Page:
On Friday, I received an email from CPS about the four furlough days that they are putting in place between now and the end of the school year. The letter states that “we will do everything within our control to minimize disruptions to classrooms”. And yes, they are not furloughing any days with student attendance. But it makes me wonder- what do CPS administrators think that teachers do? For that matter, what do non-teachers in general think that teachers do?
I’m annoyed at losing pay, yes. (I think CPS effectively gains back the back pay they gave us after the new contract was put in place, and then some.) But I’m more annoyed by losing the time and place to prepare. How can we say that this type of cut isn’t disruptive to classrooms? Teaching goes beyond just showing up for class.
The furlough days are coming at the end of each quarter from here until the end of the school year. I’m not losing time in front of students, but I’m losing prep time. And let’s be honest, I’ll probably be prepping on those days regardless of being paid or not. But having access to the classroom is actually really important in being prepared, in making sure that the instructional time (which is supposedly not being affected) will be useful. Besides, I’m pretty convinced that just instructional time alone isn’t the big factor in student achievement, but rather the quality of that instructional time (supported by this research brief).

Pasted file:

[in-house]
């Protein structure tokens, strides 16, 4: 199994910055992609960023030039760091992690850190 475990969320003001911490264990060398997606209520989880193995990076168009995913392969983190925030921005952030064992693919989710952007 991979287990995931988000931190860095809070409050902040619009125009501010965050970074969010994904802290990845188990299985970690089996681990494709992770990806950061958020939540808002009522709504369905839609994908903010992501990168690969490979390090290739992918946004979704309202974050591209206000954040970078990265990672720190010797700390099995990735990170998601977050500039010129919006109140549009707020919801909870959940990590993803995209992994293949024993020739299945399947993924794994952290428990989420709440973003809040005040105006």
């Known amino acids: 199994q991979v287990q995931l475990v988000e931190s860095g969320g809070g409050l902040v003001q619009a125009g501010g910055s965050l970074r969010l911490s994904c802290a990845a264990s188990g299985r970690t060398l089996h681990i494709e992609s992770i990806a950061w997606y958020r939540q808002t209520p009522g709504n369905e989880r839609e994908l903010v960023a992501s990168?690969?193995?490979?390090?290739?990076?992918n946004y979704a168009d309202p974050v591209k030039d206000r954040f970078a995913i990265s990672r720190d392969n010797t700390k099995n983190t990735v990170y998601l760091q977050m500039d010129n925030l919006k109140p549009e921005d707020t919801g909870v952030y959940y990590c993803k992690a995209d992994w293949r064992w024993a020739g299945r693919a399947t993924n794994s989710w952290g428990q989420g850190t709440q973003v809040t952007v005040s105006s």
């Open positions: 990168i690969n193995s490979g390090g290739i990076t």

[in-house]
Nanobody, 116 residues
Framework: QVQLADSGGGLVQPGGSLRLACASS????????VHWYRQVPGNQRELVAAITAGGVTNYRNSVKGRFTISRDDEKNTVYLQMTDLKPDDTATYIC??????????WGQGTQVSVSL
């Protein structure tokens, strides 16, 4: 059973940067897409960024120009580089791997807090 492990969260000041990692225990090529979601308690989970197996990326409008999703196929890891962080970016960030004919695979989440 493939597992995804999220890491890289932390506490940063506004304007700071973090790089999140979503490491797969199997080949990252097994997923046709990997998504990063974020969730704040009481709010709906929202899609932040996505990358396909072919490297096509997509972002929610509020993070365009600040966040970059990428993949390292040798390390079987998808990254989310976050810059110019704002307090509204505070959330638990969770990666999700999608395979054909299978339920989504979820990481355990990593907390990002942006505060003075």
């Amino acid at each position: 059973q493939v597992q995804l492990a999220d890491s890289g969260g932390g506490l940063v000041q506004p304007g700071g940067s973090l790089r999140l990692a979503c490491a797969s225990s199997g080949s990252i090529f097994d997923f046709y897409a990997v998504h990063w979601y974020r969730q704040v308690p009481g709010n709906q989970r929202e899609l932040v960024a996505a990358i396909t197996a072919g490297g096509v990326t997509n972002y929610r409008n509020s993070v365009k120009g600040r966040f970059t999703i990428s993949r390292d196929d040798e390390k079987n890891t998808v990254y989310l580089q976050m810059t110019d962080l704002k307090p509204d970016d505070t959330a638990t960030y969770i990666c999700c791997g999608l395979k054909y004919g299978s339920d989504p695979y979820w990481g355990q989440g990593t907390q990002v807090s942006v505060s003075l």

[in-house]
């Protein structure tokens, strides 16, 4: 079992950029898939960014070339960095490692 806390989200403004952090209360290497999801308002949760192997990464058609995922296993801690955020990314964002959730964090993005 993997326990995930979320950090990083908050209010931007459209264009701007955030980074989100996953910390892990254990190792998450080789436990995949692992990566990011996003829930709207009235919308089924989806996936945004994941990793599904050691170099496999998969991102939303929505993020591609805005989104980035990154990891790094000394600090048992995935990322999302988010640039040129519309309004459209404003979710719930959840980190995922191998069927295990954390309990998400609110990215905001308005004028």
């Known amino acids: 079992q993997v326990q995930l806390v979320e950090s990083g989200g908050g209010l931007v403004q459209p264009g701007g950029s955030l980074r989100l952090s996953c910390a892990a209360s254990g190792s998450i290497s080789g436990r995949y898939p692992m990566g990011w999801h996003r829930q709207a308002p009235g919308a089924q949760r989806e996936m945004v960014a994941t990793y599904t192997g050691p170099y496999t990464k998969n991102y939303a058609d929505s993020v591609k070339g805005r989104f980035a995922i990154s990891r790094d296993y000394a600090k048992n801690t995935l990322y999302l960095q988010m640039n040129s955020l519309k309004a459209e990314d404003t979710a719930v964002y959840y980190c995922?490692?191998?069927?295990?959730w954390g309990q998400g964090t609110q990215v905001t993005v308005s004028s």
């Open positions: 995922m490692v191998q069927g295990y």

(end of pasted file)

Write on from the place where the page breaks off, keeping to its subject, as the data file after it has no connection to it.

What do I do with those “school improvement” days? (And as an aside- if they cut “school improvement days”, what does that tell you about how the district values schools improving from within?)
Yes, I grade. I use the time to make sure that all of my grades are accurate and updated, particularly at the end of a marking period. But that isn’t all I’m doing when I’m not in front of students. I lesson plan. I map out the unit, see if we are meeting the learning goals, see if the pacing makes sense. I modify, update, design activities to meet those learning goals. I write and modify assessments. I prepare my classroom for all of those activities- and the more interactive the activity, the more time and energy it takes to prepare (and I do a lot of interactive activities). And I do all of these things with my subject teams- I’m not working in isolation, I’m working with a whole team of teachers to improve instruction for all of our students. Needless to say, having time built into the school year for these “non-instructional” activities is actually quite important.
I’m particularly annoyed right now about losing the day at the end of first semester, because I was planning on starting second semester with a lab. And while I’m thinking about how to still make it work, prepping a lab is something I definitely cannot do out of my own classroom. I will probably still make it work- by staying late the day before, or coming in on the “furlough” day if our principal opens the building. I’m certainly not gaining an “extra” day off.
There was a poem going around the internet a while ago about “What Teachers Make” (beautifully illustrated by ZenPencils). I just want to add that to make all of those things happen, teachers spend an awful lot of time getting ready for class. The time I spend in front of students is a small part of what I actually do. I just wish that others, particularly those in charge of making district-wide decisions, knew exactly what teachers do.